Utilizing this advance tech helps to prevent dangerous events like drill kickback, intelligently leveraging tool usage data in real time to prevent hazardous bind-up situations from becoming injurious to operators.
The One-Key compatible versions of Milwaukee Tool’s iconic SAWZALL® reciprocating saw have long set the bar for optimizing the cutting experience, with some versions featuring (no pun intended) cutting-edge blade and material selection in-app.
The current generation, similar to the current-gen drills and hammer drills we discussed above, include safety features via “cut brake mode” that can be enabled in the One-Key app and senses when the tool is nearing the end of a cut to prevent kickback that could injure an operator and/or cause damage to materials. The tool is also lighter-weight than the outgoing model while delivering significantly less vibration via a REDLINK™ Plus Intelligence all while providing the fastest-in-class cutting experience.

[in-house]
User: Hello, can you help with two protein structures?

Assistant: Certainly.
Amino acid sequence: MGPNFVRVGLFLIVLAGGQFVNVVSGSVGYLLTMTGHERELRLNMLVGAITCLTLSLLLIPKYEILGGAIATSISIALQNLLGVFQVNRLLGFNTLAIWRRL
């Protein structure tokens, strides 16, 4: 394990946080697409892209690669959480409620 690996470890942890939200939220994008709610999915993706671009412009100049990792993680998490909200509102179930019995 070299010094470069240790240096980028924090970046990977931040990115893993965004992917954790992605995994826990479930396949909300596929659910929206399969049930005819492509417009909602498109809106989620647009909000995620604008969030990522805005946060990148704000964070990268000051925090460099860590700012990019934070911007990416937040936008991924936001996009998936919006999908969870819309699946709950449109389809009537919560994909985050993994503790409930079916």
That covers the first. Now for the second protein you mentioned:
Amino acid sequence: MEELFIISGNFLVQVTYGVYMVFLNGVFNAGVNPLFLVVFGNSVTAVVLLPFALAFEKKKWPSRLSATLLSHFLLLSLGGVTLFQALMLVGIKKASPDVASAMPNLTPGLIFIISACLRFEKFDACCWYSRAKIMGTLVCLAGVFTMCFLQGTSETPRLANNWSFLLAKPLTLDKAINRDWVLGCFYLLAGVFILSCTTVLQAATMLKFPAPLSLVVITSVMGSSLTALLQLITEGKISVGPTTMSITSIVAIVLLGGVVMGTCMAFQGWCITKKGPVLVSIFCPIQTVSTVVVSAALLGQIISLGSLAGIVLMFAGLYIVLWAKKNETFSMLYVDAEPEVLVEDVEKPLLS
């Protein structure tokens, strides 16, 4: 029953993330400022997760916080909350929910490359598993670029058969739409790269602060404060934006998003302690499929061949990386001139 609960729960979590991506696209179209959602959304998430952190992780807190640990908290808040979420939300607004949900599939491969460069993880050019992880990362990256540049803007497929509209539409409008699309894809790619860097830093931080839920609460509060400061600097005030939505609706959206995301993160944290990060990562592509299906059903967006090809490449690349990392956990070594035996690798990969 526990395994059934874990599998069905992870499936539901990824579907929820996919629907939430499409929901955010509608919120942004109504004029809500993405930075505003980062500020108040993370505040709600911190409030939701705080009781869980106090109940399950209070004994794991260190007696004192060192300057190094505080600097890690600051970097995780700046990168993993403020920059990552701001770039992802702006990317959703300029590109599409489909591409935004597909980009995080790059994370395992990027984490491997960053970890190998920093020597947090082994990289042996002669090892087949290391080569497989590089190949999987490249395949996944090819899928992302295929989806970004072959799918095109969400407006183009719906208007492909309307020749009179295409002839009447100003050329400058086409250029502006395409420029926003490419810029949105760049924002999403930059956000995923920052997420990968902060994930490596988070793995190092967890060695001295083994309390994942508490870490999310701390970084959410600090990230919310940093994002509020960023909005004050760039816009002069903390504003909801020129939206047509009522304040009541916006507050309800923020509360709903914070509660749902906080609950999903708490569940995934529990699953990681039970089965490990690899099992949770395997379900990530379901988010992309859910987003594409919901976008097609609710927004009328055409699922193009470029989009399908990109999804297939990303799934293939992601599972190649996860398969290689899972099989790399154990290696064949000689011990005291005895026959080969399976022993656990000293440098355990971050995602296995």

In addition to reducing hearing loss-causing sound emissions by 50%, the M18 FUEL™ Surge Hydraulic Driver produces 3X less vibration, allowing operators to use the tool for longer with less risk for MSD through prolonged use.
It does all of this while delivering longer sustained torque.
The M18 FORCE LOGIC 12T Utility Crimper helps solve MSD developing in one of the most strenuous and unwieldy applications.
This tool is the lightest 12T crimper and is the most balanced via an ergonomic grip design. It also provides 350˚ head rotation for easy access in tight spaces, PFM™ (Predictive Force Monitoring) with auto-complete to ensure full pressure, on tool event syncing for professional report building via the One-Key web app, and more.